Letters, most often written from one individual to another, make an interesting choice for the text of a choral composition. The chorus is the voice of many, not a single person. However, the chorus, with its larger gamut of range and dynamics, can represent the tone and mood of a letter in ways a solo voice cannot, going beyond the literal words. Add to that a string quartet, and there is a large palette to express the “tone and mood” of these writers. Such was what generated the sound-world of my Letters.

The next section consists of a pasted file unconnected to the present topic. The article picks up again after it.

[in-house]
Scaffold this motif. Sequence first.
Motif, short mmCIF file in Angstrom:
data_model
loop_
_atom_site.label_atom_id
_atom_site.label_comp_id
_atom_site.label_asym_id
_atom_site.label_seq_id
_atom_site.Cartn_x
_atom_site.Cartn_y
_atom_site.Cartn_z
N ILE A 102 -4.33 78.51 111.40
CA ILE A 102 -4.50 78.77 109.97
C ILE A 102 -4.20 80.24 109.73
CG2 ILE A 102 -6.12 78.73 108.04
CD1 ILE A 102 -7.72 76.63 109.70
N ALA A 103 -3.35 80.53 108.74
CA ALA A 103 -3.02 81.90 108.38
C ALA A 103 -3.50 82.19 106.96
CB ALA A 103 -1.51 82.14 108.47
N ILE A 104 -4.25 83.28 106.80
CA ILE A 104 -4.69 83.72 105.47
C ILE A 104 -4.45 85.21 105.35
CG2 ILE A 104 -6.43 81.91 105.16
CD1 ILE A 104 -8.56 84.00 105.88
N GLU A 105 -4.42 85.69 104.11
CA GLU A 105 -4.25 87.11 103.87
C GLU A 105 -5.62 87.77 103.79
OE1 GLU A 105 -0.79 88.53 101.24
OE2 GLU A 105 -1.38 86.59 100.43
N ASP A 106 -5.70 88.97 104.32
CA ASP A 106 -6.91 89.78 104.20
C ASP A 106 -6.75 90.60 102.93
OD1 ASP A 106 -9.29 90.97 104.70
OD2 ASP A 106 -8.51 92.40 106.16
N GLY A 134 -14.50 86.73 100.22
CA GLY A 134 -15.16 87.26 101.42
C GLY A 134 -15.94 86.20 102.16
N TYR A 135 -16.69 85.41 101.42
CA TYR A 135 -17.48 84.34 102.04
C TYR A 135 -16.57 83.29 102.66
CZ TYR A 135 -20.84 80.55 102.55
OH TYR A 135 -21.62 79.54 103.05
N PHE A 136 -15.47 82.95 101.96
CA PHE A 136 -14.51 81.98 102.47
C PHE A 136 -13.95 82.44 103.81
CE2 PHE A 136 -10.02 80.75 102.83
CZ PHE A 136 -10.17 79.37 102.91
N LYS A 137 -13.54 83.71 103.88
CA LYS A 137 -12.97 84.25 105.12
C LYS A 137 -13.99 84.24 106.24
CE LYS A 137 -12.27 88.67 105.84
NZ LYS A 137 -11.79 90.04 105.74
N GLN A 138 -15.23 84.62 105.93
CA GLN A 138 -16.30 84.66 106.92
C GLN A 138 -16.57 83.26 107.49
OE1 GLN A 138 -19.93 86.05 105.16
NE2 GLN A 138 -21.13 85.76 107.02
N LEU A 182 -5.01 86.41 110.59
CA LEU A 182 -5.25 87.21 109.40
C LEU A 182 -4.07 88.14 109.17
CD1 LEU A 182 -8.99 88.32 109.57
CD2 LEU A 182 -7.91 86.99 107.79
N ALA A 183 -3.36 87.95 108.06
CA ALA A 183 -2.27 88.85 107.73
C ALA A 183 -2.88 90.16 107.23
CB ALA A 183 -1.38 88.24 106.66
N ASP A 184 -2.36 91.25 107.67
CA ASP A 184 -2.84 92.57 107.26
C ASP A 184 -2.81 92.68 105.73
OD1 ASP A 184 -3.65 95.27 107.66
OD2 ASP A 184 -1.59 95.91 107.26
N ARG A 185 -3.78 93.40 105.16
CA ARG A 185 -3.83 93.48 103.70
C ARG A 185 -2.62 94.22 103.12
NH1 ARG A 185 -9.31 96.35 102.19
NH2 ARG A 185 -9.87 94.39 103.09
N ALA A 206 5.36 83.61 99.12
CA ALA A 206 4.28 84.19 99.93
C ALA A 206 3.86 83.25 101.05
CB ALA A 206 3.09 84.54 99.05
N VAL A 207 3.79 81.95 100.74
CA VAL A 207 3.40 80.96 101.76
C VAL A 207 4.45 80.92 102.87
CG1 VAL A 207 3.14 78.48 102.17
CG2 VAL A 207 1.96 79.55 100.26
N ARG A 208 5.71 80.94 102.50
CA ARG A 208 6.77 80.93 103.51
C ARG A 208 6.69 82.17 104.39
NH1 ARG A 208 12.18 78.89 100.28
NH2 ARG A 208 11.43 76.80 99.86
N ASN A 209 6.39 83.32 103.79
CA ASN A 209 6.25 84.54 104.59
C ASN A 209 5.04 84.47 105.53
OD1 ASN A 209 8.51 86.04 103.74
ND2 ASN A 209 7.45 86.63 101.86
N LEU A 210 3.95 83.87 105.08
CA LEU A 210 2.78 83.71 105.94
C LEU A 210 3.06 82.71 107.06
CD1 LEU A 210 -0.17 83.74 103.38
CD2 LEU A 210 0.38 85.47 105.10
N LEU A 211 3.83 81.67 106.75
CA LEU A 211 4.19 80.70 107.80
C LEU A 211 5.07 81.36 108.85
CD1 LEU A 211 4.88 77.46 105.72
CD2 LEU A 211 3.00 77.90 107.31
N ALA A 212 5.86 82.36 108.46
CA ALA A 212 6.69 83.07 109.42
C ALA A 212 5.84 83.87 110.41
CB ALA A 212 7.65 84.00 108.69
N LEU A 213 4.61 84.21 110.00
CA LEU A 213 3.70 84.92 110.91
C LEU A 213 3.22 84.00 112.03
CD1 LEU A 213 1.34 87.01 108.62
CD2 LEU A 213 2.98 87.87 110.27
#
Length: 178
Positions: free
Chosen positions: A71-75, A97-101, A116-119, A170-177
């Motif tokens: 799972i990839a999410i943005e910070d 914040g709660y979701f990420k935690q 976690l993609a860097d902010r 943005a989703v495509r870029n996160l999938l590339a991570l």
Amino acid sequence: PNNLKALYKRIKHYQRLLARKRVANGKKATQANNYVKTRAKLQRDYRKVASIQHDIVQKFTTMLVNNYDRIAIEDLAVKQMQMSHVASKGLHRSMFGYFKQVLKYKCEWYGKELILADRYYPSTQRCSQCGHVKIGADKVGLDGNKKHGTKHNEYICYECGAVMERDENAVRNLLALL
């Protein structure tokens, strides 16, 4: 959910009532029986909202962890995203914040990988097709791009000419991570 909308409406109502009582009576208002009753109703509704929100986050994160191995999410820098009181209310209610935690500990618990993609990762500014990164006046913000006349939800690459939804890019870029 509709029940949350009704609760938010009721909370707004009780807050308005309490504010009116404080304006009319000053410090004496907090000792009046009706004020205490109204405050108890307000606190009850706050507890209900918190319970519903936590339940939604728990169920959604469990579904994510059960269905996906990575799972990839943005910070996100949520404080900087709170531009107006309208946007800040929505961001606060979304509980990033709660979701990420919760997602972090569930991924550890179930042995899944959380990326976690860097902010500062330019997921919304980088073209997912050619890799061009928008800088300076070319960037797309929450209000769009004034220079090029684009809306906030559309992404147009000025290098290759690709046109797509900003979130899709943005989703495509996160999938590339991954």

The first movement (Verba das Ventis) uses the very learned letters of 12th century lovers (and teacher / pupil - plus ça change, plus c'est la même chose) Abélard and Héloïse, set in Latin. As two intellectually gifted people writing in a very civil and thoughtful manner, the tone and mood of this movement is somewhat restrained, with much of the vocal writing plainsong-like. The second movement (Intima Verba) uses letters from Leos Janáček and Kamila Stösslová. As the object of his affection, Stösslová was the direct inspiration for his second string quartet. The mood of this movement is inspired by the mercurial nature and passion present in his letters, contrasted with the more placid and even mundane nature of hers. Even though Virginia Woolf’s life overlapped several decades of Janáček’s, her clean, sharp, clear prose couldn’t be more different. In the third movement (Ex Verbis), her words emerge and recede from a more instrumental texture where the chorus sings phonemes (syllables with no literal meaning) and blend in directly with the string quartet. Hovering over the entire piece is the ghost of Janáček and his "Intimate Letters". I used several motives from the quartet, which often hover below the surface or are harmonized and combined in new ways.